If a person has self-knowledge, how can his conduct be questionable? It is only an argument. It is a supposition. Suppose there is such a person. If he is committed to the pursuit of or has understood Ishvara properly as non-separate from ¡tm¡, then who can evaluate his conduct? His ego, ahankara, is not there but because of some prior habits picked up from his grandfather, etc., he may continue to do certain things which are looked upon as questionable. A
story is told in the Mahabharata that illusrates this.
A brahmana was sitting under a tree invoking the Lord through tapasin the form of prayers and meditation. In the process he developed some powers which he himself did not know about. One day, when he was sitting under a tree, a crane on top of the tree dropped some droppings on him. He looked at it with angry eyes and the crane was burnt to ashes. Then he knew he had this power.
He used to go for bhiksha daily
to the same village. Previously he was humble like a sadhu, but once he got the power, he became very proud. He went and asked for bhiksha and
the woman made him wait for one hour before serving him. He was very angry and asked her how she could make him wait like that. She said that she was doing her duties which was more important.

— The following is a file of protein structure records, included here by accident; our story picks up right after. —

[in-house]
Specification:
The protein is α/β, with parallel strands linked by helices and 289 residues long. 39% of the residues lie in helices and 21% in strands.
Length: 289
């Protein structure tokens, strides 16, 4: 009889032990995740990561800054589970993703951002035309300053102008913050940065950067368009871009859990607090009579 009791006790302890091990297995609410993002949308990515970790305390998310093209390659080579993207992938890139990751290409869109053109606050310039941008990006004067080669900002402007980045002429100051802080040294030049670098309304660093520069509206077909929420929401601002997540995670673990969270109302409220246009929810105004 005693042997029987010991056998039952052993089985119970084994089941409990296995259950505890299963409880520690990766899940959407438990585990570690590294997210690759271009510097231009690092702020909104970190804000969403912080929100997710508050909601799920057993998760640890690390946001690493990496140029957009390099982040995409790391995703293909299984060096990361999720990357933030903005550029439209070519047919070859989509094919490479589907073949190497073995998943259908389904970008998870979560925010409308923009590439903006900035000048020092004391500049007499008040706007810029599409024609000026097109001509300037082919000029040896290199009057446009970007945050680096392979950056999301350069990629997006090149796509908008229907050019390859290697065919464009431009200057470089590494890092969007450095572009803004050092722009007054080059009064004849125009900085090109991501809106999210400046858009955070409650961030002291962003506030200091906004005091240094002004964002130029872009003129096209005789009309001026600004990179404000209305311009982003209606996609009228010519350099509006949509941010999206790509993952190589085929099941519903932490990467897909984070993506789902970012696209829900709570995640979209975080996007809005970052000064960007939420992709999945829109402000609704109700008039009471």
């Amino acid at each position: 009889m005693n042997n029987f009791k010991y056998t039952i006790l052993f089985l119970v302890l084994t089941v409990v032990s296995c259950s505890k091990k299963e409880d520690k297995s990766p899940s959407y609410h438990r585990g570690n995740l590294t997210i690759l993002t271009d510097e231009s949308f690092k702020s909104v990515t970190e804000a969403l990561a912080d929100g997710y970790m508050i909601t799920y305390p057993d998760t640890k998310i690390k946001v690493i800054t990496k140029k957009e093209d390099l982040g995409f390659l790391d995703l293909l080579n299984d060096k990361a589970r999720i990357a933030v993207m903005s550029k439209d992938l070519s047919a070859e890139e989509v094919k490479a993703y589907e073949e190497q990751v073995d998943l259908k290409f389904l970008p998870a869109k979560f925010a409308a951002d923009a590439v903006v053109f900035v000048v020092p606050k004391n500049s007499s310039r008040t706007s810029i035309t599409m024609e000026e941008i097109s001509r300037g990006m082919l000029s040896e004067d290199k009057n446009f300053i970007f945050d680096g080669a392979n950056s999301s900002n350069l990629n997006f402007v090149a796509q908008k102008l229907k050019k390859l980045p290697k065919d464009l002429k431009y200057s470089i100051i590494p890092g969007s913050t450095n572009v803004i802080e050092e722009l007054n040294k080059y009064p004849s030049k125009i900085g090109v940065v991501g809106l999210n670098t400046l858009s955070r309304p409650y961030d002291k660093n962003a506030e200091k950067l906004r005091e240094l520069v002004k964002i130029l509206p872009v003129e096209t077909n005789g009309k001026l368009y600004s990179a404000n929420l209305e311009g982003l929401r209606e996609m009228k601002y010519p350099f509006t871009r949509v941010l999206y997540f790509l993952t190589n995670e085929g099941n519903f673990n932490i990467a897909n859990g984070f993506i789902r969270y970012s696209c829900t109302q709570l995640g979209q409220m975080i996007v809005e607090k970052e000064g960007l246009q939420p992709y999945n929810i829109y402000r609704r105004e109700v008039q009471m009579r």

He said, "Do you know who you are talking to?"
She said, "Yes I know, but I am no crane."
He asked, "How do you know about the crane?"
She told him, "Go to the butcher and ask him."
He went to the butcher's place. The butcher was busy serving his old and ailing father and so the br¡hma¸ahad to wait again. He was furious and asked the butcher why he had made him wait.
Then the butcher said, "Did that woman send you here?"
The lesson is, "do not judge people by what they do." One was a house-wife and the other a butcher, but they were both doing their jobs and were definitely better than the brahmin with all his prayers and meditations.
He is to be considered a sadhu because when he has properly understood, and is pursuing knowledge, his improper conduct is not going to continue. How can it? If you analyze all wrong conduct, it is either a habit or a real crime. Habit will naturally drop off in time. Crimes are always centered on the person who is insecure, the limited 'I'. Because he is so highly insecure, his behaviour becomes aggressive. If he has devotion to Ishvara, in the very acceptance of Ishvara his ego gets diluted. And in the pursuit of knowledge of Ishvara, it gets even further diluted. Thereby all the tendencies based upon fear, tendencies to cheat, to deceive, to hurt, naturally drop off.
To give an example. When a cotton cluster is thinned out so that it becomes fluffy cotton fibres, all the particles sticking to the cotton drop off. You cannot easily remove them one by one but once the cotton fibres are separated, you find all the particles drop down because there is nothing for them to stick to. The ego too, once diluted, cannot hold on to these tendencies. They all drop off because fear and selfishness which are at the centre of all crimes, are due to ego. If that ego is diluted, where is the question of these things sticking there?